Court of Appeal takes 'unprecedented' step to review jailed SAS soldier Danny Nightingale's case before lawyers' request

 

Sergeant Danny Nightingale's family spoke of being overwhelmed yesterday as the Court of Appeal took the “unprecedented” step of announcing a review of his case before lawyers had even requested permission.

Just a day after Defence Secretary Philip Hammond called for an urgent review into the case of the jailed SAS soldier, his family arrived at the Royal Courts of Justice to lodge the paperwork for an appeal only to be told that a hearing had already been arranged in front of the Lord Chief Justice next week.

Shocked and tearful, Sgt Nightingale's wife Sally said: “It is totally overwhelming, very emotional. Something is actually going our way. It feels like all the way along we have had the worst case scenario and today it is the best case scenario.”

The dramatic turn of events comes after days of mounting furore and ministerial rows over the controversial case of the exemplary soldier who was given an 18-month sentence after a pistol, a gift from an Iraqi soldier he had trained that he insists he had forgotten about, was found in his quarters.

His family insist that the 37-year-old was “bullied” into a guilty plea at the court martial after being told that he could face a five year sentence if convicted but would be treated leniently if he admitted the illegal possession of a firearm and training ammunition.

Yesterday his father Humphrey reacted to the news of the appeal date: “It is unprecedented. For the Lord Chief Justice to preside over it himself and to have an appeal as quickly as this - we couldn't have asked for more.”

Simon McKay, Sgt Nightingale's solicitor, said the appeal against conviction would be made on the grounds that his guilty plea was not a genuine reflection of criminal culpability.

Start your day with The Independent, sign up for daily news emails
Latest stories from i100
Have you tried new the Independent Digital Edition apps?

Day In a Page

Abuse - and the hell that came afterwards

Abuse - and the hell that follows

James Rhodes on the extraordinary legal battle to publish his memoir
Why we need a 'tranquility map' of England, according to campaigners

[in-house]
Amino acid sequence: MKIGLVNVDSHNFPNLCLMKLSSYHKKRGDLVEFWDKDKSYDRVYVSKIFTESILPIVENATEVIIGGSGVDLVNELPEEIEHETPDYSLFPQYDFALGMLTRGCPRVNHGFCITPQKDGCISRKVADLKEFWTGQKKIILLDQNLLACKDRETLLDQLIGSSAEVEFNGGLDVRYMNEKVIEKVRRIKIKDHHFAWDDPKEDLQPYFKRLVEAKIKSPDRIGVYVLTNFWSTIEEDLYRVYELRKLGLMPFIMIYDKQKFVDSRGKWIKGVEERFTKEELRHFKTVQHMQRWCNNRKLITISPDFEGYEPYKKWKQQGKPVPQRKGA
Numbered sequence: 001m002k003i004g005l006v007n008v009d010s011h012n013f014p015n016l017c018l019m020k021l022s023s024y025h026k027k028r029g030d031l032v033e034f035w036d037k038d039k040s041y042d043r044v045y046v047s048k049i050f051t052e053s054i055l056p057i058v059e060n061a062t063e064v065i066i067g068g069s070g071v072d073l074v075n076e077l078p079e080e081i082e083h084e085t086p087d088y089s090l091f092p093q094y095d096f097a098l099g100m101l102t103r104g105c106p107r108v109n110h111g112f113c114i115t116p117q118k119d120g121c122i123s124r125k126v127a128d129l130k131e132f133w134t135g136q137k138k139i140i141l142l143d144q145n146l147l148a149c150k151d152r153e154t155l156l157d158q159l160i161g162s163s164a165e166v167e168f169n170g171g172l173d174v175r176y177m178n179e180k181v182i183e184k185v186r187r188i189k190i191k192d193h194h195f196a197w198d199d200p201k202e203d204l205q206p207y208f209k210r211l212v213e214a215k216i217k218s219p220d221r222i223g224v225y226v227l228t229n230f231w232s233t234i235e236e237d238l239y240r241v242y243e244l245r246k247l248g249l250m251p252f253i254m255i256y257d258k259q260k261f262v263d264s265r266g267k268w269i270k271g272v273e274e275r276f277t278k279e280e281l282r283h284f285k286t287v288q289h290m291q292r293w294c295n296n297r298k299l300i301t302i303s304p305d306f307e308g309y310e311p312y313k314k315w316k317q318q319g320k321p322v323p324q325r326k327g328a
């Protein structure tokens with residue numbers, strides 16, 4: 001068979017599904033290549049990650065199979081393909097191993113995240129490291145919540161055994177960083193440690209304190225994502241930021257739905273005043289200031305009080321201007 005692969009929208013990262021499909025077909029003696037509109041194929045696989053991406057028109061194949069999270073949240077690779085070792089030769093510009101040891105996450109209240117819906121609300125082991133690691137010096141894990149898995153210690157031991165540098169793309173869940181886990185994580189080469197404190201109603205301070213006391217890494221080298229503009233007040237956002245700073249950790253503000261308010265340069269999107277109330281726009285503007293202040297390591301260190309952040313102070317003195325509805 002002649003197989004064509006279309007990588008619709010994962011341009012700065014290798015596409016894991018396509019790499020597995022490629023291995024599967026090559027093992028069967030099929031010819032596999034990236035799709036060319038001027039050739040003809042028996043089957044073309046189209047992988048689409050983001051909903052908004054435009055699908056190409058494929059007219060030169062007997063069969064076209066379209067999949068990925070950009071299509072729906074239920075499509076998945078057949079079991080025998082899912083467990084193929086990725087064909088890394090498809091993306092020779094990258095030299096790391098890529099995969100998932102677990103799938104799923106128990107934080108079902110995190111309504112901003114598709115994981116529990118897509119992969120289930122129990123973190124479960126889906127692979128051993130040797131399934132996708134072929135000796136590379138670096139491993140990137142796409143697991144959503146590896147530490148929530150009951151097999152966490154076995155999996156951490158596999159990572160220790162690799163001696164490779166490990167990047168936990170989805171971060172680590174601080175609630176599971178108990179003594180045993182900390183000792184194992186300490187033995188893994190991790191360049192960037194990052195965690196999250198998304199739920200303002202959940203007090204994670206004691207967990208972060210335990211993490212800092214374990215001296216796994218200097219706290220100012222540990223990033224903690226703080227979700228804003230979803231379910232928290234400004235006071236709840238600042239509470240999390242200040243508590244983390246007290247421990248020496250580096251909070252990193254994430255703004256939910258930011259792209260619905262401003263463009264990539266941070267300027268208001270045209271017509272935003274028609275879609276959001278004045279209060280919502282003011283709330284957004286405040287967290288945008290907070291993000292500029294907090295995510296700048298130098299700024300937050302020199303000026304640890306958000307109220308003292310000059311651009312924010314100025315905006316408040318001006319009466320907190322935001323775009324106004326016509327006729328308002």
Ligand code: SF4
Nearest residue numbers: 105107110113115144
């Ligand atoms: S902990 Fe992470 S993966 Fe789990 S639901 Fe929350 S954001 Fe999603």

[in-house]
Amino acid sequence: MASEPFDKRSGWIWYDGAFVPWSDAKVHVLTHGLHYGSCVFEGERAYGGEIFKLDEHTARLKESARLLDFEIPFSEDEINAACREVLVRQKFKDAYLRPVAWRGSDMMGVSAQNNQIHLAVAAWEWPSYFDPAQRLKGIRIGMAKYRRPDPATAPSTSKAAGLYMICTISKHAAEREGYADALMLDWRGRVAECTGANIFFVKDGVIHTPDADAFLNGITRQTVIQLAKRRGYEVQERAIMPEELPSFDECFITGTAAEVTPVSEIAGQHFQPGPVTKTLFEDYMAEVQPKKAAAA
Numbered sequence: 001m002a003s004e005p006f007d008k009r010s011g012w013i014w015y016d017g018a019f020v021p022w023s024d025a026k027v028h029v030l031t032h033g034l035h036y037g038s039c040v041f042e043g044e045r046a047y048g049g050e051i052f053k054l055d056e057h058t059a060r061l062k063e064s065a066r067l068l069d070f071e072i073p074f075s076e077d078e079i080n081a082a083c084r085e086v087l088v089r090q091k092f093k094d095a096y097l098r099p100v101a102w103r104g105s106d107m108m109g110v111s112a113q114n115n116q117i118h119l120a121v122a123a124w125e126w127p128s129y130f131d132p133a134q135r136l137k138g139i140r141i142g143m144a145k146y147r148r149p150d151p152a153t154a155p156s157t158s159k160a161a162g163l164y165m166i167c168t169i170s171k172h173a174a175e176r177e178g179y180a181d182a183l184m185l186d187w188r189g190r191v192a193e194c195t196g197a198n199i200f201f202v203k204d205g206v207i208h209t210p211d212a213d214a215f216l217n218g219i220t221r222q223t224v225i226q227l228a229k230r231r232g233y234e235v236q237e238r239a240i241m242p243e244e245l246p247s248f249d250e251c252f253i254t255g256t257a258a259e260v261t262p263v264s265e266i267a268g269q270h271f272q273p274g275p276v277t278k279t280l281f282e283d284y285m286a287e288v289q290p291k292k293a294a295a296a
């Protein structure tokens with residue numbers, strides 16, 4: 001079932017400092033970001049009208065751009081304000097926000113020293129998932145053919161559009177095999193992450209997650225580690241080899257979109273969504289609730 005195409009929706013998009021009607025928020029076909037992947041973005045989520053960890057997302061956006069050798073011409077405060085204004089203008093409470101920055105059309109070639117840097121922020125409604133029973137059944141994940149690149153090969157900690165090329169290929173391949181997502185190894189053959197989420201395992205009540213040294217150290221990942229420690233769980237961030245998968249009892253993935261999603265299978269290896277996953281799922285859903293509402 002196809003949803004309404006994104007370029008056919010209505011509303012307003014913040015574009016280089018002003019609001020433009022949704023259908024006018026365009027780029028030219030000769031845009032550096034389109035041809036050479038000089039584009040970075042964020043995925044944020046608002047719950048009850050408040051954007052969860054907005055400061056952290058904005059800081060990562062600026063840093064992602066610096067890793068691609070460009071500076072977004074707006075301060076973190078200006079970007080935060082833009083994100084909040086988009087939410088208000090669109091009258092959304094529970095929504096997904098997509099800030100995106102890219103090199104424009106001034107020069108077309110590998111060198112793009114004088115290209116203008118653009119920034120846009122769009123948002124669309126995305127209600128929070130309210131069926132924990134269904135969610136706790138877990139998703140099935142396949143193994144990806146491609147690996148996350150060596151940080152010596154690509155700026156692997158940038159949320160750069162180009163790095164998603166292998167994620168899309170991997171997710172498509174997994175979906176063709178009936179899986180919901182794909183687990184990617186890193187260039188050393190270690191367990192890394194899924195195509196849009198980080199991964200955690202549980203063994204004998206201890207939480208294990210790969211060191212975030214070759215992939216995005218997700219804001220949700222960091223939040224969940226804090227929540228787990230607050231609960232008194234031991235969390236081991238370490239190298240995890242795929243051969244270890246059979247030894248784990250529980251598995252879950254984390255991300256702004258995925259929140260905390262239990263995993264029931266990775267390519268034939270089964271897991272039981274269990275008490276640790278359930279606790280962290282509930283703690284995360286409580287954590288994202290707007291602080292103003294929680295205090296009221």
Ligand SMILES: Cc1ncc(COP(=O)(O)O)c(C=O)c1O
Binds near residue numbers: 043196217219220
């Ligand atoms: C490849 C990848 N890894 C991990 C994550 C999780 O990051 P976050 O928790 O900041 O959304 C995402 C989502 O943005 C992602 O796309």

It's oh so quiet!

The case for a 'tranquility map' of England
'Timeless fashion': It may be a paradox, but the industry loves it

'Timeless fashion'

It may be a paradox, but the industry loves it
If the West needs a bridge to the 'moderates' inside Isis, maybe we could have done with Osama bin Laden staying alive after all

Could have done with Osama bin Laden staying alive?

Robert Fisk on the Fountainheads of World Evil in 2011 - and 2015
New exhibition celebrates the evolution of swimwear

Evolution of swimwear

From bathing dresses in the twenties to modern bikinis
Sun, sex and an anthropological study: One British academic's summer of hell in Magaluf

Sun, sex and an anthropological study

One academic’s summer of hell in Magaluf
From Shakespeare to Rising Damp... to Vicious

Frances de la Tour's 50-year triumph

'Rising Damp' brought De la Tour such recognition that she could be forgiven if she'd never been able to move on. But at 70, she continues to flourish - and to beguile
'That Whitsun, I was late getting away...'

Ian McMillan on the Whitsun Weddings

This weekend is Whitsun, and while the festival may no longer resonate, Larkin's best-loved poem, lives on - along with the train journey at the heart of it
Kathryn Williams explores the works and influences of Sylvia Plath in a new light

Songs from the bell jar

Kathryn Williams explores the works and influences of Sylvia Plath
How one man's day in high heels showed him that Cannes must change its 'no flats' policy

One man's day in high heels

...showed him that Cannes must change its 'flats' policy
Is a quiet crusade to reform executive pay bearing fruit?

Is a quiet crusade to reform executive pay bearing fruit?

Dominic Rossi of Fidelity says his pressure on business to control rewards is working. But why aren’t other fund managers helping?
The King David Hotel gives precious work to Palestinians - unless peace talks are on

King David Hotel: Palestinians not included

The King David is special to Jerusalem. Nick Kochan checked in and discovered it has some special arrangements, too
More people moving from Australia to New Zealand than in the other direction for first time in 24 years

End of the Aussie brain drain

More people moving from Australia to New Zealand than in the other direction for first time in 24 years
Meditation is touted as a cure for mental instability but can it actually be bad for you?

Can meditation be bad for you?

Researching a mass murder, Dr Miguel Farias discovered that, far from bringing inner peace, meditation can leave devotees in pieces
Eurovision 2015: Australians will be cheering on their first-ever entrant this Saturday

Australia's first-ever Eurovision entrant

Australia, a nation of kitsch-worshippers, has always loved the Eurovision Song Contest. Maggie Alderson says it'll fit in fine